429 points with Purdue's Terry
Dischinger for the Big Ten scor-
ing lead, scored 17 in the final
half.
. * * *
IOWA CITY-Iowa closed out
its regular basketball season last
night with an 81-64 Big Ten vic-
tory over second-place Wisconsin.
The Hawks closed their confer-
ence play the same way they open-
ed it-by drubbing the Badgers,
who lost 91-79 at Madison nine
weeks ago.
Last night's game provided a

spectacular finish for Iowa scor-
irig ace Don Nelson, who paced
his teammates with 35 points and
set an Iowa record for the most
points by an individual player in
a single season-571.
Iowa Pulls Away
Wisconsin and Iowa tied at 7-7
minutes after the game started,
but Iowa drew away and held the
lead the rest of the way.
The Hawks held an 18-point
lead at halftime, 46-28, but Wis-
consin came {back strong in the
second half and in less than three
minutes had cut the Iowa edge to
11 points.
Ken Siebel and Don Heardon
were high scorers for the Badg-
ers, with 12 points apiece.
EVANSTON-Trailing most of
the way, Illinois rallied in the last
half and defeated Northwestern,
73-68, in a Big Ten basketball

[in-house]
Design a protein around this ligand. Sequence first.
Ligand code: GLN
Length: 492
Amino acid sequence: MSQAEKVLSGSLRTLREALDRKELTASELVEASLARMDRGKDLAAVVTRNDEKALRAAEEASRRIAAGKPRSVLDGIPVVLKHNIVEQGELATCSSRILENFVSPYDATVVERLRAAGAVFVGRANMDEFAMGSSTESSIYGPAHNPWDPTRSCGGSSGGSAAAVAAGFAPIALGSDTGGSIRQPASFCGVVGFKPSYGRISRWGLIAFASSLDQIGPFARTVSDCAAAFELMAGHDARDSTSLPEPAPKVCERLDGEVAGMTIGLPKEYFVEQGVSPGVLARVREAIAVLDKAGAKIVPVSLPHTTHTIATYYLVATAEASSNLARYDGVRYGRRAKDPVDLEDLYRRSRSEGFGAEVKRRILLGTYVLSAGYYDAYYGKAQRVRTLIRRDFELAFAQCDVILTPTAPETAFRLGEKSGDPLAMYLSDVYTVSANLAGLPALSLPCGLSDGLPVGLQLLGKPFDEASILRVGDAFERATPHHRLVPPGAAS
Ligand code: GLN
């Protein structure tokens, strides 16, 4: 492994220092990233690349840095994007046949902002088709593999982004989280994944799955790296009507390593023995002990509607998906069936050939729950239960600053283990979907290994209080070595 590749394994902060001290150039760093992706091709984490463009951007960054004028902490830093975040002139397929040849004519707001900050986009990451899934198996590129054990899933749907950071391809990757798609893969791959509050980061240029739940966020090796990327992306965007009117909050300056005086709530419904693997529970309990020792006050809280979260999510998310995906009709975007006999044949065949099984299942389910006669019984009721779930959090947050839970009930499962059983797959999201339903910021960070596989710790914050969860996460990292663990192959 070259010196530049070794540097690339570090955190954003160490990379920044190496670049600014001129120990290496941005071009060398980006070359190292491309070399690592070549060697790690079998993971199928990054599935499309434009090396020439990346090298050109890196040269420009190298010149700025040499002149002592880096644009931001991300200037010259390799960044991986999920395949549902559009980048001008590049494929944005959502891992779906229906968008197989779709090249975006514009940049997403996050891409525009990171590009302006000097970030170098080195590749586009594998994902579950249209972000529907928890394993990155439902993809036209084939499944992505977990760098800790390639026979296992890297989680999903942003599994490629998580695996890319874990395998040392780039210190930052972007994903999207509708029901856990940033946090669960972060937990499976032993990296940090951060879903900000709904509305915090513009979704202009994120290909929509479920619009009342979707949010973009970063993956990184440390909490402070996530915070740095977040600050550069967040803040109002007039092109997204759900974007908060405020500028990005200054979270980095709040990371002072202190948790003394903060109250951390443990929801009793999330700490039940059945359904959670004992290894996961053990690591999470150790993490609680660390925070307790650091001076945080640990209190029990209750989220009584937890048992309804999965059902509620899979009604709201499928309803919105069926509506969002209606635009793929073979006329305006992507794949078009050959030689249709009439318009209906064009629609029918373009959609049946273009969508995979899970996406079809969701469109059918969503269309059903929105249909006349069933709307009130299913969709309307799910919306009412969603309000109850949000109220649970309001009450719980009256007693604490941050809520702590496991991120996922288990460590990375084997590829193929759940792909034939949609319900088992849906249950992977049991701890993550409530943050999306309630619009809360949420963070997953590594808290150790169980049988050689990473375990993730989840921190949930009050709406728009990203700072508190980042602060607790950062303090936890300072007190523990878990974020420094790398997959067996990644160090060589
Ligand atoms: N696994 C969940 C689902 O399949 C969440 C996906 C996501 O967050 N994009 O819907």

finale last night.
Northwestern led 36-29 at the
half but Illinois finally took its
first lead at 58-57 on a basket
by Bill Small with seven minutes
left.
The lead went back and forth
until Bob Starnes scored for Illi-
nois with 3:19 remaining to give
the Illini a 67-65 advantage which
they maintained the rest of the
way.
Bill Burwell of Illinois' led all
scorers with 21 points although he
fouled out with about five minutes
to play. Dave Downey added 20
to the victors' cause. Ralph Wells
topped Northwestern with 17.

TERRY DISCHINGER
... hits for 30
Dischinger and Rayl were tied.
"Everyone felt like helping him
win it. If the game was not as
close, we would have fed him more.
But the important thing was, to
win, and Terry felt that way too,"
he said.
Yes ,Yes, Yes
Dischinger was-asked a few more
routine questions. Yes, Ohio State
was the best team he has played
against. Yep, he enjoyed playing
in the Olympics.
One of the assistant coaches
came up to Dischinger and told
him Indiana had lost and Rayl
had scored 25 points. Dischinger
was scoring champion again-an-
other round of congratulations.
Finally everyone filed out of the
dressing room. Terry Dischinger
finished dressing.

Al

NHL, NBA ACTION:
Red Wings Lose;
Nats Top Pistons

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WEDNESDAY, March 14,